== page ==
(Francesca Santolini, La Stampa)


 three generations (toledot) who demonstrate the difficulty of responding to other people's expectations and question us readers on the most complex themes of life, death, decline and rebirth... In the book the natural and interior lives of the protagonists compete for the narrative space "in a game of alliances, references and symbiosis". But, in the writer’s opinion, nature, who hosts and tolerates the presence of man, not always respectful of his rhythms, is the true protagonist of an agile and fast novel which however requires a slow and concentrated reading... “The Meteorologist” is a novel that surprises, excites, overwhelms and gives us, with a prose with a calibrated rhythm, imbued with nuances that are sometimes imaginative and sometimes disturbing, a powerful reflection on our relationship with Nature that we would like to tame to the needs of ephemeral profits. A must-read book to remind us that "our existence is, in reality, a continuous concession by the soil that hosts us" and that, making use of the tools of culture, we must learn to respect and love it for our own survival. 

(Georgia Greco, informazione corecta) 

How much time is contained in a few hours? All. And this is what Tamar Weiss-Gabbay delivers to us with her The Meteorologist . Time is measured, analysed, evaluated, convoluted, unfolded, predicted, recalled, photographed in snapshots that change and distort before our eyes like color dripping onto a canvas. In every fragment of the book there is hidden, intertwined on itself in the space of a few hours, all the time that the protagonists have lived, live and will live and it is the writer's ability to let these intertwined threads emerge without confusing the reader and, indeed, making each interconnection that is revealed clarifying for the text as a whole. The line of the present is grafted with references to the past and glances at the future thanks to which the experiences of the characters merge and confuse each other, mirroring each other in a continuous exchange of details used to intertwine the identities of each one in a single collective experience that merges the natural with the artificial, the human being with everything that surrounds him, literature and lived life, physiological time with that of memory... The world of The Weather Woman , in fact, does not know the nominal, but it is not missed . None of the characters are marked by a proper name, the only words used to draw the figures that move between the pages are functional and have to do with the actions they carry out or with the relationships they form with others which therefore give them the role, the position, that they occupy in the moving puzzle that is gradually forming, tile after tile. She is the woman of the time, of her time, who can know and spread the future one step away from everyone else. An almost prophetic figure in some ways... A modern Cassandra, who lends her mouth to the forces of nature, fatally forced to remain silent or lie to be believed , not in control of her predictions of which she cannot be completely certain, but for which she must carry the responsibility with her . Or as a sort of Christological figure who sacrifices herself at the end of her literary story for having embodied, in some way, the spirit of the times of her era  ... Each of these parts dialogues with the others in many different ways starting from the fact that they are three different generations who consequently embody three different ways of perceiving and relating to the world, time, space and the environment that surrounds them : Tamar Weiss-Gabbay skillfully uses all the imaginative methods that a literary composition makes available to intertwine the inside with the outside, the past with the present and the future , to confuse the natural kingdoms into which the world is conventionally and anthropocentrically divided , to flow constantly, with the same oscillatory movement with which the tide moves, from literature to life and vice versa.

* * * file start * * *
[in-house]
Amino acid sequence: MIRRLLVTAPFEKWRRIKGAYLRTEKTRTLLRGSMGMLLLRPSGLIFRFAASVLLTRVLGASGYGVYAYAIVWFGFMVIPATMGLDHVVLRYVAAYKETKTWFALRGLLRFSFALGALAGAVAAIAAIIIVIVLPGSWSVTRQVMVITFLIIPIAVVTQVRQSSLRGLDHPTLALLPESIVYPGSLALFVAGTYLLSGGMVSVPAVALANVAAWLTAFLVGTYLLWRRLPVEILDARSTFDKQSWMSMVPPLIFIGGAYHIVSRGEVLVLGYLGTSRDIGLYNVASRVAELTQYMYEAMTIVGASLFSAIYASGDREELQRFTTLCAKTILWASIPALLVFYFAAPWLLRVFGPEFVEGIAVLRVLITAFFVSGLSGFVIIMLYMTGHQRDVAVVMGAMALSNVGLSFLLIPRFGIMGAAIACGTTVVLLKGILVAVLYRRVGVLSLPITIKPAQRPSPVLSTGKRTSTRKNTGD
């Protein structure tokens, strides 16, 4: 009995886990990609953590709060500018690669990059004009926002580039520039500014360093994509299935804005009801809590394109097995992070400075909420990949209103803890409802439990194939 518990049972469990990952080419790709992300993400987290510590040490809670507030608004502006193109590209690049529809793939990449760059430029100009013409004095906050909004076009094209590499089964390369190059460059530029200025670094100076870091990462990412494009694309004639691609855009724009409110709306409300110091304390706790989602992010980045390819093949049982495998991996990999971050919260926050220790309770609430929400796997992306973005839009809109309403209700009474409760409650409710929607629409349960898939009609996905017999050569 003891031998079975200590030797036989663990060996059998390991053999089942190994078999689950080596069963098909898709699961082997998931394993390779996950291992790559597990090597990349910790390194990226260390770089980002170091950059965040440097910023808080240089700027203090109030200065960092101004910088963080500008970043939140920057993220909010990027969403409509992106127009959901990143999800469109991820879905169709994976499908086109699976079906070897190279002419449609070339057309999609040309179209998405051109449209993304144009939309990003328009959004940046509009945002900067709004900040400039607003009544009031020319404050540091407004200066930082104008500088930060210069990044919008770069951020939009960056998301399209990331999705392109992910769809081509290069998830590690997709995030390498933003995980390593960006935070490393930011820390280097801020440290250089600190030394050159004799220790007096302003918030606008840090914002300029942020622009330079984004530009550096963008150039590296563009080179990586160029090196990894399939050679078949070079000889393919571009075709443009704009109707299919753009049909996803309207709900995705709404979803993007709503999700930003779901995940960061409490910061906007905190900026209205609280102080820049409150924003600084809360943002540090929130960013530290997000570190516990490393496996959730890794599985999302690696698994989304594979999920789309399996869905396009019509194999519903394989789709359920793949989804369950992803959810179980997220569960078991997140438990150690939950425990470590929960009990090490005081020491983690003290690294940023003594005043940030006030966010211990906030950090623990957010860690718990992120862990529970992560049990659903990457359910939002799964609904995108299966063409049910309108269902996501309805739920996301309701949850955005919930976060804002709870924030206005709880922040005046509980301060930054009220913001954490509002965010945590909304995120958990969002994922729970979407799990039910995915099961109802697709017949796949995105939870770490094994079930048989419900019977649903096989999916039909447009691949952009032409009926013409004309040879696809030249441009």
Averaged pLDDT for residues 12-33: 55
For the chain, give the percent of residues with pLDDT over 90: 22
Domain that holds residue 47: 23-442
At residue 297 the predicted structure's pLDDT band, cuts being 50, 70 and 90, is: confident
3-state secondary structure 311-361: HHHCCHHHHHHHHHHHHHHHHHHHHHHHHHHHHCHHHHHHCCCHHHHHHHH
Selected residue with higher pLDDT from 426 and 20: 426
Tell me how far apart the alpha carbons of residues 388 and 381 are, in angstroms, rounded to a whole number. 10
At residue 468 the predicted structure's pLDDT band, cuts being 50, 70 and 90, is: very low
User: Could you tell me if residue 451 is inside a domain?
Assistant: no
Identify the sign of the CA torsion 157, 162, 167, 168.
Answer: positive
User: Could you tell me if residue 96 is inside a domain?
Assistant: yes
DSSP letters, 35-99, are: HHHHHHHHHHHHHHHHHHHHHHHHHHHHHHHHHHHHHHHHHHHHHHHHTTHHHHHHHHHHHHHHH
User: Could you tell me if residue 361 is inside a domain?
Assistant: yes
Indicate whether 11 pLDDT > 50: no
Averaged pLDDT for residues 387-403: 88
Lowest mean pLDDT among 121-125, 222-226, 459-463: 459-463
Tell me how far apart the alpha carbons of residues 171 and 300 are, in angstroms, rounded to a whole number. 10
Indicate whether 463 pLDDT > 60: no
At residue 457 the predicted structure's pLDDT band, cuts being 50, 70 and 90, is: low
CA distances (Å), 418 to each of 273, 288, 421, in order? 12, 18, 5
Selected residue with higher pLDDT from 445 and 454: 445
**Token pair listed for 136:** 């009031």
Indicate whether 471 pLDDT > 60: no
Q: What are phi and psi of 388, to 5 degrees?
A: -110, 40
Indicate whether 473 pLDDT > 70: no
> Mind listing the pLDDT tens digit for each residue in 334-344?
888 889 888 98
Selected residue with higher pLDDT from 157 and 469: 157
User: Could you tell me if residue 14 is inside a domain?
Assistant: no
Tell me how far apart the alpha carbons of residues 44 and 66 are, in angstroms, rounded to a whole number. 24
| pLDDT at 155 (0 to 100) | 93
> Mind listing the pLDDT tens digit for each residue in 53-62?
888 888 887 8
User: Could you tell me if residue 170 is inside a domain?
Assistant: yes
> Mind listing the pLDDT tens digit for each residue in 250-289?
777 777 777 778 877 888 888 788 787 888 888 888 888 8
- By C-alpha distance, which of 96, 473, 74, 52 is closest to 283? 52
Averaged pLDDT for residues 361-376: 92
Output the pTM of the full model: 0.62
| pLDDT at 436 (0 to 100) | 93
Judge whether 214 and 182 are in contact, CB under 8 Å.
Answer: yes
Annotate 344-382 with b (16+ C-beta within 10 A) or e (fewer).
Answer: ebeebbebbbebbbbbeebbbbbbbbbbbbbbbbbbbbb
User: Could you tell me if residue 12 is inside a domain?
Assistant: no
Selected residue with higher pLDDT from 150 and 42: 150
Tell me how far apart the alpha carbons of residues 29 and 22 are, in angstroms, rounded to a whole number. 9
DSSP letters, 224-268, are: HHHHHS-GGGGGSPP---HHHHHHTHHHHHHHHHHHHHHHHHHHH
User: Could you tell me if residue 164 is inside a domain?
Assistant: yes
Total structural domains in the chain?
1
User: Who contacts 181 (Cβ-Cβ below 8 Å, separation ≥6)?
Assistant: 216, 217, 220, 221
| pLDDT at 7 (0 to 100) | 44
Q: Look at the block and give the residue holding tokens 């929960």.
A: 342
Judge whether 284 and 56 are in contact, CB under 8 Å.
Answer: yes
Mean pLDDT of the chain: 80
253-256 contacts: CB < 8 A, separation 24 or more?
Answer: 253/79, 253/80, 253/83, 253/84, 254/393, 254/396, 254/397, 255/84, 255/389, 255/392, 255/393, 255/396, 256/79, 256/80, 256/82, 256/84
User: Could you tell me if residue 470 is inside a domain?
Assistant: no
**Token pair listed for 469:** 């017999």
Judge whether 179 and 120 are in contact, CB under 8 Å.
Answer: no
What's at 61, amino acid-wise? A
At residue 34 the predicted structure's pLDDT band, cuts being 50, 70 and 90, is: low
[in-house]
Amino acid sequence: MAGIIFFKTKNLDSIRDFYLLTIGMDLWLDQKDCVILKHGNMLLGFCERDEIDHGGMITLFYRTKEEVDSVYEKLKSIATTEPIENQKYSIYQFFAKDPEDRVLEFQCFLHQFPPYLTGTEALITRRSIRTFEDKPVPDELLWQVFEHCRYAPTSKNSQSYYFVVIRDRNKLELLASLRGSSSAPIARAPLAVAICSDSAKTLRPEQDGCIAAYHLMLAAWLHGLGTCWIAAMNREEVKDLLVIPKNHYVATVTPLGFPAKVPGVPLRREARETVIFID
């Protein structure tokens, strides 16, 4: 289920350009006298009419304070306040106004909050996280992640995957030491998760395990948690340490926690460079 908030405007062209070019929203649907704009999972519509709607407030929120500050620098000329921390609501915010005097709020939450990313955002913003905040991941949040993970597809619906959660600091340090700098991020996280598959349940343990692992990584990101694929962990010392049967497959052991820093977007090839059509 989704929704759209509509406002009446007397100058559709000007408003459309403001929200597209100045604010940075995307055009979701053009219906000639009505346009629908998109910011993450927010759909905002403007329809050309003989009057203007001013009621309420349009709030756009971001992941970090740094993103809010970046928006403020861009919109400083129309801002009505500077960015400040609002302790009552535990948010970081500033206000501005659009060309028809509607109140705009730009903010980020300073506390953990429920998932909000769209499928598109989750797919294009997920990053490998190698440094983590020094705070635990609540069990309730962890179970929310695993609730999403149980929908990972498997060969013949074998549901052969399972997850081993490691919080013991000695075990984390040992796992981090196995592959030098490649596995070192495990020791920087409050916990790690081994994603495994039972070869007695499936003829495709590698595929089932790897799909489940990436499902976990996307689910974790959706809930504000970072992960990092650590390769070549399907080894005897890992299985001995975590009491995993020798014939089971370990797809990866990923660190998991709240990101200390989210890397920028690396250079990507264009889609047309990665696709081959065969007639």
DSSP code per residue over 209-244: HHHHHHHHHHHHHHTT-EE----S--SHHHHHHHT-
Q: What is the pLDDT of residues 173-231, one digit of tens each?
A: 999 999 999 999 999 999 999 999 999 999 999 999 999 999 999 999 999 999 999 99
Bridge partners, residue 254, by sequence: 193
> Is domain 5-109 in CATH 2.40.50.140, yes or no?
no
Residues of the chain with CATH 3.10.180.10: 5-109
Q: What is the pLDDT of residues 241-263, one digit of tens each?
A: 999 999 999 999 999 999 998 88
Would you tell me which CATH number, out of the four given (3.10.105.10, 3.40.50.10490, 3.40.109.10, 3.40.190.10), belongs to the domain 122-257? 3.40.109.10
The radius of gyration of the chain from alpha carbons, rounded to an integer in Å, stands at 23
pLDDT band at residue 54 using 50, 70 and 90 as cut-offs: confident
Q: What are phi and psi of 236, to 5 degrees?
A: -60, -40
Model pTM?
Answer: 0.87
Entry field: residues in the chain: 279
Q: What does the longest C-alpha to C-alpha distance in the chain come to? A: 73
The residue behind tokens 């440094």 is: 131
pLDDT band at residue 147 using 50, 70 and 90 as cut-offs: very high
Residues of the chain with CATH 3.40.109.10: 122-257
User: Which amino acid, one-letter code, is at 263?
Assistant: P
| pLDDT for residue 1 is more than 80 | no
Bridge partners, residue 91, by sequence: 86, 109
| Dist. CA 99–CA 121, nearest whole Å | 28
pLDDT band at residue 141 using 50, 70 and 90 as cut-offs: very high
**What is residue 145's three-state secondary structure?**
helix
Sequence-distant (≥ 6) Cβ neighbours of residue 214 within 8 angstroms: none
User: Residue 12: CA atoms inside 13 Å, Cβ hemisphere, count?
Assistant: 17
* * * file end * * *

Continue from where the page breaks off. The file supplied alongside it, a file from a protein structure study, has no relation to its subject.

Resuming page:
(Luna Piccioni, Fata Morgnana) 

Then came The Weather Woman—a clever and agile Israeli novella, embroidering an exemplary allegory about the complex relationship between man and nature. This is not a book about the climate crisis; the concept itself is not mentioned in the novel, the characters do not deal with global warming, and it is not even clear that in their fictional world there is awareness of the depth of the crisis and its far-reaching consequences. This is not an environmental manifesto, but simply excellent prose, in part because it deals with the environment without making abrasive statements about it. The Weather Woman is a powerful book in part because the climate-environmental issue is not pushed forward; the plot, and the characters are simply steeped in it and organically influenced by it…

Every sentence in the book is symbolic, denoting something else besides. Everything is loaded with meaning beyond the plot and the words themselves; everything says something about the power balance at the core of the book, which makes reading it a kind of layered and enigmatic game. Reading The Weather Woman requires vigilance, but is also able to generate pleasure and curiosity. Everything in this novella is tight and precise. There are no unnecessary words, no overflowing descriptions. Weiss Gabbay sculpts with Hebrew as if with damp clay, and also places in the story references to other works—to films, belles lettres, the Bible—some implicit and some direct. ‘The relationship between man and nature’ is a big, pretentious theme, but the novella itself is modest, and avoids preaching as is the way of good works of art. The change will take place through the heart... It evokes a sense of a one-time event. The Weatherwoman is a timeless and clever parable, one that deserves to become a significant landmark, in both the environmental and the cultural sense.

Haaretz, September 2022


This journey should begin with a travel warning: while small in size, The Weather Woman is powerful in its literary dimensions […] Its ninety pages present an engrossing, original, and concise plot that lingers on after its last page.

Gilit Chomsky, Makor Rishon


It’s a surprise and a pleasure to come across such a book, that wanders away from the magnet of Tel Aviv and all the bourgeoise troubles; with a plot that unfolds in a rock-carved canyon, rather than in a big shopping mall; with deers, eagles, and wild dogs supporting characters, set against mountains and changing seasons.

Maya Becker, Haaretz


Weiss-Gabbay’s writing maintains a sensible edge, even as it strives toward an optimistic and peaceful vision in its allusions to a fascinating intellectual-literary proposition: that changing our relationship with nature may bring with it a literary change—not only in the way we read our classics, but in the composition of all masterpieces of the future.

Keren Dotan, Israel Hayom

Tamar Weiss-Gabbay: Children